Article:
Readings for the Data Science Seminar

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This is a seminar for the Cal Poly Data Science Fellows. We will meet weekly over Zoom on Thursdays. There are two sessons: at 10 AM and at 3 PM. You only need to attend one of these sessions. Each week there will be some readings relevant to data science, which we will discuss for 30 minutes. Afterwards, individual fellows will give updates on their research projects.

Please enroll in STAT 400 for 1 unit, on a CR/NC grading basis.

To earn a CR grade, you are expected to:

- attend all seminars
- complete readings and post a question or comment about the reading to the Slack channel

The theme of the readings for Fall 2020 is **the past**.

No reading

Hypothesis testing is a core part of many statistics classes. But where did the ideas such as the p-value, Type I error, and power come from? This reading reviews the chaotic history of hypothesis testing in the 20th century.

- Chapters 10 and 11 from Salsburg, D. (2001).
*The lady tasting tea: How statistics revolutionized science in the twentieth century*. Macmillan.

We will look at how hypothesis testing has influenced other disciplines and the controversy this has caused.

- Cohen, J. (1994). The earth is round (p < .05). American psychologist, 49(12), 997.
- Gill, J. (1999). The insignificance of null hypothesis significance testing.
*Political research quarterly*, 52(3), 647-674.

We will look at the Frequentist vs. Bayes debate. Next week, you will be randomly assigned to defend either frequentism or Bayesianism. Please come prepared to defend both, although we want you to take a side in your Slack post this week.

- New York Times Article: The Odds, Continually Updated
- Frequentist and Bayesian Approaches in Statistics
- Efron, B. (2005). Bayesians, frequentists, and scientists.
*Journal of the American Statistical Association*, 100(469), 1-5. - xkcd comic on Frequentists vs. Bayesians

Here are some additional readings that might be of interest.

- MIT Lecture Notes: Comparison of frequentist and Bayesian inference.
- Efron, B. (1986). Why isn’t everyone a Bayesian?
*The American Statistician*, 40(1), 1-5. - Andrew Gelman’s blog post: Why I Don’t Like Bayesian Statistics. (This is an April Fools’ Joke written by a famous Bayesian statistician. However, it contains some good ideas.)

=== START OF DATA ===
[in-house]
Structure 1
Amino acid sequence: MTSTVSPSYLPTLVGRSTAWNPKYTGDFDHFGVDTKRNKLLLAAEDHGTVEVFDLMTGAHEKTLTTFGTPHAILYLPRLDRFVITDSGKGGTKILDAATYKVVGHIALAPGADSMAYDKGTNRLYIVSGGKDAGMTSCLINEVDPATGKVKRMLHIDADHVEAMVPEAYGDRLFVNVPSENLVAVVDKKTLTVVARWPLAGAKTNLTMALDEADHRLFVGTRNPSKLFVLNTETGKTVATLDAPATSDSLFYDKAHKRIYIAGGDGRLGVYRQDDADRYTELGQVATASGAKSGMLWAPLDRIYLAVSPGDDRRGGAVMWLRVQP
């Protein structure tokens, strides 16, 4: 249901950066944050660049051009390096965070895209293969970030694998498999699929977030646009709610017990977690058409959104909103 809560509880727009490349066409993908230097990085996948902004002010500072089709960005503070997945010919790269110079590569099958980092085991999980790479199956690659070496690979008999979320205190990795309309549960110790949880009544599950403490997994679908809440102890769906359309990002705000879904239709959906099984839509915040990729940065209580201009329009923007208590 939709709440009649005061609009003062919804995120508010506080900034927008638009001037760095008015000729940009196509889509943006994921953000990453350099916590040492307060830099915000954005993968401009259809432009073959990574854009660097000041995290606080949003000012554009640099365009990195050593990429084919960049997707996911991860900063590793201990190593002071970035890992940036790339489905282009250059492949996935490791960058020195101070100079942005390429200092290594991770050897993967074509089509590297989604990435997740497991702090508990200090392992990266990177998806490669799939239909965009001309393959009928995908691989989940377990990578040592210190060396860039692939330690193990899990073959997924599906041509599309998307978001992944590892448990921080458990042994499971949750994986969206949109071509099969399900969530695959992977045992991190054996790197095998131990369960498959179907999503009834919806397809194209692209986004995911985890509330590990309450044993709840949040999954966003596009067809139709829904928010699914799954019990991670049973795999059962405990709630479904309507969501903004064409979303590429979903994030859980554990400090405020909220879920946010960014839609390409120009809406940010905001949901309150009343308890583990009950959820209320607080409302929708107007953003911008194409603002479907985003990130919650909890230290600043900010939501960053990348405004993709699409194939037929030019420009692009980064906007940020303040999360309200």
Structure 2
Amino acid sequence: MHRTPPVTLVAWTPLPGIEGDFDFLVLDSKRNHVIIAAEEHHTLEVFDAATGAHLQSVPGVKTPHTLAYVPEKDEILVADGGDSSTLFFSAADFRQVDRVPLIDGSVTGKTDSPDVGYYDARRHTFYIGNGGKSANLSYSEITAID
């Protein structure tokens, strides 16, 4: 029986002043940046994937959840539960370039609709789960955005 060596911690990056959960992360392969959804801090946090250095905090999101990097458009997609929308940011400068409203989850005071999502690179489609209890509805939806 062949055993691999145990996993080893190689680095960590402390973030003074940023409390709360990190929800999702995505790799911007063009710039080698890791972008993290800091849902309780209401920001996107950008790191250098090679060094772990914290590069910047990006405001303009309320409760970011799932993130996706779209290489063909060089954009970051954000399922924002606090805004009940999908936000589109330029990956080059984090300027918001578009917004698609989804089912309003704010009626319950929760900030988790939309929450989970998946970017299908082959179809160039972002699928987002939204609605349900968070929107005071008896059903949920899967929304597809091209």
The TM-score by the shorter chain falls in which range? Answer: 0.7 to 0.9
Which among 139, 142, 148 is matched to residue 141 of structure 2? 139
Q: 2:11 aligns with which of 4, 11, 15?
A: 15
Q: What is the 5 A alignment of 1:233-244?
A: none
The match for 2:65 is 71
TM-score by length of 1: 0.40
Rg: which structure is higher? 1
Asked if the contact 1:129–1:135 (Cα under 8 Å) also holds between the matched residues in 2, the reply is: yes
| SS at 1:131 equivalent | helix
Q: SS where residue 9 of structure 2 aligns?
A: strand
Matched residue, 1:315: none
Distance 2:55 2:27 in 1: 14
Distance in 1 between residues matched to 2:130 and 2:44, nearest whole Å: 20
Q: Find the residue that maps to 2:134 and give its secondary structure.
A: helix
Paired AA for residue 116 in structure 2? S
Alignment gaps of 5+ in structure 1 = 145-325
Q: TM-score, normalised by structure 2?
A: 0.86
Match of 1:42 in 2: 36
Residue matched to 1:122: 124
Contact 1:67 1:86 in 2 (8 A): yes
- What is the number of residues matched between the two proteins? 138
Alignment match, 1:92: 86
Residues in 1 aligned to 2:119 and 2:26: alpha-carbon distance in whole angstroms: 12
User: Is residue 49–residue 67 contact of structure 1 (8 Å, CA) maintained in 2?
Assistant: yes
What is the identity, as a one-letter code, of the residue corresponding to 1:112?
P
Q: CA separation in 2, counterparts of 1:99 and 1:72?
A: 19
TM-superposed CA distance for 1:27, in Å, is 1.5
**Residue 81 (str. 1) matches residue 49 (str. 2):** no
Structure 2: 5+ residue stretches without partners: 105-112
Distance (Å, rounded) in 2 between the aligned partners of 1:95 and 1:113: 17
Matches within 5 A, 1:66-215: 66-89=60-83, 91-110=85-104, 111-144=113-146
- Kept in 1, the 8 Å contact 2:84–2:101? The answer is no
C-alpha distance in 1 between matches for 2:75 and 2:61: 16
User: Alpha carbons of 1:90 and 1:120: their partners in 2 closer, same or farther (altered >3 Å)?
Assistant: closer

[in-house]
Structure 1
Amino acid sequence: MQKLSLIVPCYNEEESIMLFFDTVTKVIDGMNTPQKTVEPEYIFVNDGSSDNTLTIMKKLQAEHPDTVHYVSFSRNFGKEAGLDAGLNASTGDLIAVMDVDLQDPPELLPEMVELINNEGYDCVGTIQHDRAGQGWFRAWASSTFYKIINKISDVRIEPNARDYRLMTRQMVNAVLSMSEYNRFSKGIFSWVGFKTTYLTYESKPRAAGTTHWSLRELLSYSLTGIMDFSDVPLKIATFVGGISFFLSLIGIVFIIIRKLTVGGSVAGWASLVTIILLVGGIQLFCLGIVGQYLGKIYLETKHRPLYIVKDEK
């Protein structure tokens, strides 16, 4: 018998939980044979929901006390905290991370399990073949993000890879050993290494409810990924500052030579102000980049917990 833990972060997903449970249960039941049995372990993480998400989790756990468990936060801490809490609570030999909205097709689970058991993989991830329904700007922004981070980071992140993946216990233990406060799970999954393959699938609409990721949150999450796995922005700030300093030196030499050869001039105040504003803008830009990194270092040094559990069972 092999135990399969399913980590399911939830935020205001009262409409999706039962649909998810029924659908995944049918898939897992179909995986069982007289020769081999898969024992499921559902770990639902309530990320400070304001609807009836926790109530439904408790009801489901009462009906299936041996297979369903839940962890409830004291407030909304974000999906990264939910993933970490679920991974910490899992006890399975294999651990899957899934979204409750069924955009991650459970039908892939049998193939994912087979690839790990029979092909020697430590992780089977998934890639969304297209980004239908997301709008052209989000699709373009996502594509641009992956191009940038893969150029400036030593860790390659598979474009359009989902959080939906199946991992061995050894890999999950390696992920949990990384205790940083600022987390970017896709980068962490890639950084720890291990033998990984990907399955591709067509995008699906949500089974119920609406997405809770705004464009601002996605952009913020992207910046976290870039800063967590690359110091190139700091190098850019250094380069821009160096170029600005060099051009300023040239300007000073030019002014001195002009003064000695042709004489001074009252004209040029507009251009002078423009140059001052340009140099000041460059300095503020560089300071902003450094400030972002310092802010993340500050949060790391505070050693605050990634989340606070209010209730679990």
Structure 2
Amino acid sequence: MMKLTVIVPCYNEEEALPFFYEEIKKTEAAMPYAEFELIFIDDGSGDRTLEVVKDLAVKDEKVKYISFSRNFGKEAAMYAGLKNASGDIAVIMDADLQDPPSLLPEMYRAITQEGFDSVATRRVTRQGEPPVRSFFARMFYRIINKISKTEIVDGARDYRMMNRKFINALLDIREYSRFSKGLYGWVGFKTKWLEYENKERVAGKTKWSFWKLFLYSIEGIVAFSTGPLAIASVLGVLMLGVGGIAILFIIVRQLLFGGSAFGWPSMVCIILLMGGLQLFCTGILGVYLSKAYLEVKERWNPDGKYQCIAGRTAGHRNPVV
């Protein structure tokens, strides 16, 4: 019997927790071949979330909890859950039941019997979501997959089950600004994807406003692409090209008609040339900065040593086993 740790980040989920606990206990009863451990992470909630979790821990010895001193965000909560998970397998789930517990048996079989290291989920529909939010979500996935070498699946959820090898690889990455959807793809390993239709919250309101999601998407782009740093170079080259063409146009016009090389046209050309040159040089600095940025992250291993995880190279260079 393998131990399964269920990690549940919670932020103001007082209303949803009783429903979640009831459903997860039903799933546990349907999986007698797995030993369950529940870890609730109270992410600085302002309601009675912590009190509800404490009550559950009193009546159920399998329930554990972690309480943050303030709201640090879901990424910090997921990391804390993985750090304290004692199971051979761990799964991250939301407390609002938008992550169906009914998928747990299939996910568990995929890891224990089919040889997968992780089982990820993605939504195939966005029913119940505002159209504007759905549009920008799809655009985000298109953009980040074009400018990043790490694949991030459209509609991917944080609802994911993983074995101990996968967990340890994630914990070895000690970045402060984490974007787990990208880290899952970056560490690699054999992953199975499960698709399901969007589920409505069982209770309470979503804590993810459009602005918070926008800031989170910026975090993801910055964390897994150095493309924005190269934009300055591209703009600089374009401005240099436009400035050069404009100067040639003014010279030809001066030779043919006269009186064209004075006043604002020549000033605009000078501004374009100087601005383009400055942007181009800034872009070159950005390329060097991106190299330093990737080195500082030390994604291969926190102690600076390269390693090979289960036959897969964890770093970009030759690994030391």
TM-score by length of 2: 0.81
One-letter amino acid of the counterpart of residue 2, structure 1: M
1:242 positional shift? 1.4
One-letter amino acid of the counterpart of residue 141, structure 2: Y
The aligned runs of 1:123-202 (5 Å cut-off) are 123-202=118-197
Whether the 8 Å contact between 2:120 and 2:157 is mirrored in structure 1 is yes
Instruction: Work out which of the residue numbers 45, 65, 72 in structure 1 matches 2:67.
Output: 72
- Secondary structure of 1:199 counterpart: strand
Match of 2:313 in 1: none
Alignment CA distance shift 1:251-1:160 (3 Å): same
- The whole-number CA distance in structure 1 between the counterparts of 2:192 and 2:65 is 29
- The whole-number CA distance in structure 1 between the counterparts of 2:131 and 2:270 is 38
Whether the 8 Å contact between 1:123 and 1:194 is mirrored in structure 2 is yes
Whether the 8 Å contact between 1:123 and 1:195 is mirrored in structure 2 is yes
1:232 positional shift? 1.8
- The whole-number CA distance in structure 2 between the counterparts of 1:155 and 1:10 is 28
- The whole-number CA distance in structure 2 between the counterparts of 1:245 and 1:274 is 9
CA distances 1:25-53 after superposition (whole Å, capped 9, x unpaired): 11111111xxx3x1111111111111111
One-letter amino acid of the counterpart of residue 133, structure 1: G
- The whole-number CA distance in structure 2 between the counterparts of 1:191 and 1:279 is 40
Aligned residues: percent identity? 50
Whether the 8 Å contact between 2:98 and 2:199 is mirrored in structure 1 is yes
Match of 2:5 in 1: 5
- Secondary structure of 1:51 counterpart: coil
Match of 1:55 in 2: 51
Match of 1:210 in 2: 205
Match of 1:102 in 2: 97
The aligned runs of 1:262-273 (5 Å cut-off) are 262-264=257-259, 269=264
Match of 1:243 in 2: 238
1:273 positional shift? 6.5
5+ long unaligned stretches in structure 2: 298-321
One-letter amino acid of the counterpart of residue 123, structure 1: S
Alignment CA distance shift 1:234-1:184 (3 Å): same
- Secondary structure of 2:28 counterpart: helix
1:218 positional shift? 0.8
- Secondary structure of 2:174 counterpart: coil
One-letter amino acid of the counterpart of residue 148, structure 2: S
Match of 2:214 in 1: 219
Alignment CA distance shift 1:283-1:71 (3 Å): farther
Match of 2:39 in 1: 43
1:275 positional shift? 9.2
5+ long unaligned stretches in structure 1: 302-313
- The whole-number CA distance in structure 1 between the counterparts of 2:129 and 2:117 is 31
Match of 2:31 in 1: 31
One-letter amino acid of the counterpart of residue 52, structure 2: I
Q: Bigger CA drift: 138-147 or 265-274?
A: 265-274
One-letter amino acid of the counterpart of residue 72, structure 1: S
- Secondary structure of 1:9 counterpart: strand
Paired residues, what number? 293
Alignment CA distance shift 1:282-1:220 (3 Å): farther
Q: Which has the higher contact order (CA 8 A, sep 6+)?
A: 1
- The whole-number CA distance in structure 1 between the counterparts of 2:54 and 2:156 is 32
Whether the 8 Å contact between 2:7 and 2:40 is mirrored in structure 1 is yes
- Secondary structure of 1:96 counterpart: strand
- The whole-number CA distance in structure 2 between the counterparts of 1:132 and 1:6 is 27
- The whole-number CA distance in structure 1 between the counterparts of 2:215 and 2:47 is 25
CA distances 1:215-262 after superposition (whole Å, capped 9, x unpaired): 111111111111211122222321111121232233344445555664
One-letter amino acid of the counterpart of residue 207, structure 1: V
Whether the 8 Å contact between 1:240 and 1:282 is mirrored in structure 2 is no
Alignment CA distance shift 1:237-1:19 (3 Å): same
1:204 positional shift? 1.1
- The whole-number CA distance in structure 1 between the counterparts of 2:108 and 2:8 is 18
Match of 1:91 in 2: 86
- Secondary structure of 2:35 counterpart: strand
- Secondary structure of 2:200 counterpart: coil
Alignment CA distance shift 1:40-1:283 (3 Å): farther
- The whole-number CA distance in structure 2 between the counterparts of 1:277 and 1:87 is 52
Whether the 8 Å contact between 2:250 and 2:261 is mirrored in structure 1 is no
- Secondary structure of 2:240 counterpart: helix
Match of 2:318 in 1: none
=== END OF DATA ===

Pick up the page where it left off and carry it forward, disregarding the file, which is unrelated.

A survey of the history of the connection between early statistics and the eugenics movement.

- Scientific Priestcraft From “Superior: The Return of Race Science” chapter 3

Bonus reading from last week: A metaphor for the difference between randomness and unknown-ness, and the consequences in Bayesian analysis.

- The Boxer, the Wrestler, and the Coin Flip: A Paradox of Robust Bayesian Inference and Belief Functions Andrew Gelman, The American Statistician, May 2006, Vol. 60, No. 2

We will examine the history of AI winters.

- Analyzing the Prospect of an Approaching AI Winter Sebastian Schuchman, May 3, 2019

We will discuss the Turing Test and whether machines can be intelligent.

- Computing Machinery and Intelligence Alan Turing, Mind, October 1950, Vol. 59, No. 236
- Is the Brain a Good Model for Machine Intelligence? Rodney Brooks, Demis Hassabis, Dennis Bray, and Amnon Shashua, Nature, Feburary 2012, Vol 482

Questions to consider:

- Is the Turing Test a good test of whether a machine is intelligent?
- Are today’s systems (like IBM Watson, Google’s image recognition systems, etc.) intelligent? Could a convolutional neural network be intelligent?
- In trying to achieve machine intelligence, should we try to mimic the brain or should we apply a pure engineering approach?
- Is the brain just a computer – could its functionality be replicated by a machine?